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TANG PRIZE/Historian Hsu hopes to inspire next generation with Tang Prize honor

06/20/2024 03:36 PM
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2024 Tang Prize in Sinology recipient Hsu Cho-yun. Photo: CNA
2024 Tang Prize in Sinology recipient Hsu Cho-yun. Photo: CNA

Taipei, June 20 (CNA) Renowned Taiwanese-American historian Hsu Cho-yun (許倬雲) hopes that winning the Tang Prize Sinology in his 90s will inspire more younger scholars to study Chinese history and culture.

Considering himself "fortunate" to receive the honor, 94-year-old Hsu told CNA in an interview that he believed many other younger and new generation scholars in the humanities and social sciences are equally qualified for the Tang Prize Sinology award.

The Tang Prize is a biennial award established in 2012 by Taiwanese entrepreneur Samuel Yin (尹衍樑), chairman of the Ruentex Group, to honor people who have made prominent contributions in four categories -- sustainable development, biopharmaceutical science, sinology, and the rule of law.

Hsu said he is grateful to still receive such high recognition in his 90s and hopes to serve as an inspiration for others in the field, vowing to continue his studies.

"At 94, it is about time for me to hand in my exam paper to society and hopefully society will tell me I passed the exam [of my life]," the nonagenarian said. "But at the same time, I don't consider myself passing the test and I will continue to learn until I take my last breath."

The historian, who specializes in ancient Chinese history, has just been named the 2024 Tang Prize laureate in Sinology for his integration of social science methodologies into historical research and his devotion to comprehensive historical narratives.

According to the Tang Prize Foundation, Hsu was given this year's prize for his "holistic approach to the study of Chinese history; his engagement with the cultural and intellectual exchanges between China and the world; and his capacity to broach contemporary issues from the perspective of antiquity."

"With his erudition and public spirit, Professor Hsu best exemplifies a Sinologist's historical sensibility and worldly vision," the foundation said in a press statement.

Beyond his scholarly contributions, Hsu has also led new trends in historical research, influencing Taiwanese historiography for three decades, according to the foundation.

After the 1980s, many of his students emerged as renowned historians themselves who excelled in integrating historiography with the social sciences.

Hsu's historical perspectives have been widely disseminated through lectures and publications in mainland China since the 1990s and had a significant impact on academia and society all around the world, the foundation said.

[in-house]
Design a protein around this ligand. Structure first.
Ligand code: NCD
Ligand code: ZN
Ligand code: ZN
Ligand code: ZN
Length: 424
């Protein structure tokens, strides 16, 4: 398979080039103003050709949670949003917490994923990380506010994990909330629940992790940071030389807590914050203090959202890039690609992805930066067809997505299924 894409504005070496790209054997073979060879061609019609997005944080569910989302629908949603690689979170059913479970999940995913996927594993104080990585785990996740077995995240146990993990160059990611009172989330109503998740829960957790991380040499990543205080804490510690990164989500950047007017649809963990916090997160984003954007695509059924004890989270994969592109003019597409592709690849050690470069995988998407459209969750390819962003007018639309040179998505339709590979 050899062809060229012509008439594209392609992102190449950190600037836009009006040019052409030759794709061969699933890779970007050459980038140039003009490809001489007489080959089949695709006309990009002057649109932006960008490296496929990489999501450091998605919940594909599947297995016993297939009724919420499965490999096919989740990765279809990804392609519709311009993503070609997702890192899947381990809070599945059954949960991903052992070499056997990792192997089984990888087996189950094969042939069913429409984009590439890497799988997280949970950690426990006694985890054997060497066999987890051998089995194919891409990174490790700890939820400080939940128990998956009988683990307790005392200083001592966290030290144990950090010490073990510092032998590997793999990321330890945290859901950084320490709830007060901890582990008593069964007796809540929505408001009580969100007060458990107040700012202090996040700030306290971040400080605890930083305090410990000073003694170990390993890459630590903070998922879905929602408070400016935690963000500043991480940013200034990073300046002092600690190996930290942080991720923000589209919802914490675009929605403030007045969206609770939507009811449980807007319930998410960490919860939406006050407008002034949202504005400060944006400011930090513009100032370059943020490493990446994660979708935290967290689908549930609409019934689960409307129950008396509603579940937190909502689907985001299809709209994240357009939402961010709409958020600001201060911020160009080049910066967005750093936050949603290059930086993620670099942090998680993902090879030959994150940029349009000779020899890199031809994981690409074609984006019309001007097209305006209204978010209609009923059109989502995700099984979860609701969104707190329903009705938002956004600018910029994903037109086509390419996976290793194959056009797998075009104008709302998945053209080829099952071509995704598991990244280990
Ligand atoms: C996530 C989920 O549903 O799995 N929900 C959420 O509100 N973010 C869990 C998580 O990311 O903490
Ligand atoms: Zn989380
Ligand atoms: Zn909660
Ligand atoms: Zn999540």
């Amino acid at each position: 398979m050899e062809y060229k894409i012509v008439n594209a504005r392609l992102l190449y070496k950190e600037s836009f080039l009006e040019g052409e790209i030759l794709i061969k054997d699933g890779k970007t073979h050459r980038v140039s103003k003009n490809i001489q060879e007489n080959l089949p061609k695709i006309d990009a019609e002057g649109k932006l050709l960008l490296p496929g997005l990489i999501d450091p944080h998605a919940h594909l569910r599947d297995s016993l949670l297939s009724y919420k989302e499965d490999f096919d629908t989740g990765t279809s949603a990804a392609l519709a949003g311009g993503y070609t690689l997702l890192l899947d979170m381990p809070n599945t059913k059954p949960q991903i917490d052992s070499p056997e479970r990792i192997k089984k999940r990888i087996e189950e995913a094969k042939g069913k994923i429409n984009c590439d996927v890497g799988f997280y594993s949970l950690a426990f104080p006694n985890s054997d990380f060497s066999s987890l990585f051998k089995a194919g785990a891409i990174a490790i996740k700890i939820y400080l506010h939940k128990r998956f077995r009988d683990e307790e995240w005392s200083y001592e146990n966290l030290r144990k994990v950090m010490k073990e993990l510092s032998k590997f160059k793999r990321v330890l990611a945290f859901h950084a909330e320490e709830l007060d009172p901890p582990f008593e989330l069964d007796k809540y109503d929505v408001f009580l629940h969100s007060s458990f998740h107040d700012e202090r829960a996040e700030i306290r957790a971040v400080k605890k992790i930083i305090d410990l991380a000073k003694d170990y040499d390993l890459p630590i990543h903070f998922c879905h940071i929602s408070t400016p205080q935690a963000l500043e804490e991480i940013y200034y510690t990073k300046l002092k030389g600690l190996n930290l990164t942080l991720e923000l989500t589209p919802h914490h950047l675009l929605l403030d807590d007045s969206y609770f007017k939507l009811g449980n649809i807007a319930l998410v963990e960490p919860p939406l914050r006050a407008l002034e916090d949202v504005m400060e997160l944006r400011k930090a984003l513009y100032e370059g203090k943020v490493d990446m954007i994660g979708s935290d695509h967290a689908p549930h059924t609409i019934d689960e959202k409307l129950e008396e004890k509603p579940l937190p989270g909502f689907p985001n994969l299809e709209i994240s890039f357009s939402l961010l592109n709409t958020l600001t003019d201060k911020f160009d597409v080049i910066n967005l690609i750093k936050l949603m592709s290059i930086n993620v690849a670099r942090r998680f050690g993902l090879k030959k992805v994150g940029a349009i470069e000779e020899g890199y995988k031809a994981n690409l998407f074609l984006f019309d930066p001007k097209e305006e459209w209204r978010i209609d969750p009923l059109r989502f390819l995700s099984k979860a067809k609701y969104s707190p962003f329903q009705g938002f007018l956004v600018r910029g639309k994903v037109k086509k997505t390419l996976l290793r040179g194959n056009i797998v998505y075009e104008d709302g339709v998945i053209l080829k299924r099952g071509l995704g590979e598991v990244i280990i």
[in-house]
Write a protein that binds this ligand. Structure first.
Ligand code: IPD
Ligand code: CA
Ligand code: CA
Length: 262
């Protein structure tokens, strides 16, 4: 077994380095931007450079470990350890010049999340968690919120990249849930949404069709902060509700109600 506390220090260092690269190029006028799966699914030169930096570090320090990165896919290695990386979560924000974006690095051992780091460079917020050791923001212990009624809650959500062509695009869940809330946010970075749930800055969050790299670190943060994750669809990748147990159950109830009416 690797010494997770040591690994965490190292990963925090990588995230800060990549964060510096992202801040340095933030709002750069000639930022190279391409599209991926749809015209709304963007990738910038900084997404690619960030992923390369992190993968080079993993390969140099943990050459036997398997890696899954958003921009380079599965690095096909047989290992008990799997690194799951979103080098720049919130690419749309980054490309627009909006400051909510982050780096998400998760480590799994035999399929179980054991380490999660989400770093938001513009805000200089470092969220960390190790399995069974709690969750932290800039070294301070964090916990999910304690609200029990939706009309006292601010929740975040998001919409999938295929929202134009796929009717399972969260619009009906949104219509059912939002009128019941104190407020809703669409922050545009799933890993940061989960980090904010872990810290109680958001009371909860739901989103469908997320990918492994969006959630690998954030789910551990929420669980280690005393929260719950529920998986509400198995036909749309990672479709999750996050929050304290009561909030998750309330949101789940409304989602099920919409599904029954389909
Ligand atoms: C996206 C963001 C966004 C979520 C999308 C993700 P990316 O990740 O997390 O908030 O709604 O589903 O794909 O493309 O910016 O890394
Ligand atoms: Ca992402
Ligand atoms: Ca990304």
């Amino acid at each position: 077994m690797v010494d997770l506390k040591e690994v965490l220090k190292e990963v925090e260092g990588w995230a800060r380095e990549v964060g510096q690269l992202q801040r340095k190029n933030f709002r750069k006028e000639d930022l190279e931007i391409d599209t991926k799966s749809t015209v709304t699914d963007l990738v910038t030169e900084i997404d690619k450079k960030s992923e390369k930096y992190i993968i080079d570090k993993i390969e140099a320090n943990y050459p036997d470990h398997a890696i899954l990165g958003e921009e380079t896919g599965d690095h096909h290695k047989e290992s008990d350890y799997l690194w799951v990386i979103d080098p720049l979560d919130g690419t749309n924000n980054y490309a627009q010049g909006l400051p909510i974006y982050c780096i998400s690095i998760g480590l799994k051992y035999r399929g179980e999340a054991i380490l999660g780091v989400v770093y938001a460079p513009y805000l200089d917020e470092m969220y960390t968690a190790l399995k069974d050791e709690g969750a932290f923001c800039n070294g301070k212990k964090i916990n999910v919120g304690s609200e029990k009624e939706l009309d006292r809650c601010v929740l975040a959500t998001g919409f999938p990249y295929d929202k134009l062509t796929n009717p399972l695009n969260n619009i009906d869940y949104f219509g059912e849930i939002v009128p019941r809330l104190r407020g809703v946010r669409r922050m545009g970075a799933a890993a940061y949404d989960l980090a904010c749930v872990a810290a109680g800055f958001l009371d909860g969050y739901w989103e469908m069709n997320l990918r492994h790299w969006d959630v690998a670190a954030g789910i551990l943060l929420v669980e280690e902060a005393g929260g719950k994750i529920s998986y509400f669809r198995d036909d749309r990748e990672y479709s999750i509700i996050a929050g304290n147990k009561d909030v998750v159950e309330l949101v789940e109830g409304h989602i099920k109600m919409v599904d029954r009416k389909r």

Hsu told CNA that being awarded the Taiwan-based foundation-issued prize reminded himself of the days he spent in Taiwan as a young man.

Born in 1930 in Xiamen City, China, Hsu and his family moved to Taiwan in 1948, one year before the end of the Chinese Civil War in 1949.

Recalling the days when he first arrived in Taiwan with his family, Hsu said that back then even though most Taiwanese were poor, people were kind enough to support him and his family.

"For that I am forever grateful for Taiwan and see it as my second home."

After Hsu received both his master's and bachelor's degrees from Taipei-based National Taiwan University's (NTU) Department of History, he went to the United States where he earned a Ph.D. from the University of Chicago in 1962.

After getting his degree, Hsu said that he immediately returned to Taiwan to contribute his expertise.

According to Hsu, back then, unlike himself, most Taiwanese who received American degrees chose to stay in the U.S. "The planes heading back to Taiwan were almost always empty."

In keeping his promise made to Academia Sinica, where he worked while studying in the U.S., his alma mater NTU, and his mother, Hsu said he was one of the first Ph.D. graduates from an American university to return to teach in Taiwan that year.

CNA photo June 20, 2024
CNA photo June 20, 2024

During his stay in Taiwan, Hsu said he and Herbert Ma (馬漢寶), late Taiwan Grand Justice of the Constitutional Court, very often traveled around the world to invite and recruit foreign scholars to visit Taiwan to teach young Taiwanese academics in the field of humanities and social sciences.

He considered it his responsibility to help cultivate young Taiwanese talent.

Hsu later moved to the U.S. in 1970, where he taught at the University of Pittsburgh for 30 years before retiring.

Following his retirement, Hsu still regularly publishes books covering different topics and writes columns for Taiwanese newspapers.

Over the past five years, he has also taken advantage of online social media platforms to share his views on life and Chinese history and has since had more than 1 million followers in China.

Due to his poor physical health and limited mobility, Hsu told CNA that he regretted he would be unable to personally receive the Tang Prize award in Taiwan, though adding that Taiwan is always on his mind.

As a seasoned scholar on Chinese history, Hsu hopes that ultimately both sides of the Taiwan Strait will achieve peace.

"I wish one day that brothers from both sides of the strait can shake hands and no longer see each other as enemies," Hsu said.

(By Chung Yu-chen and Joseph Yeh)

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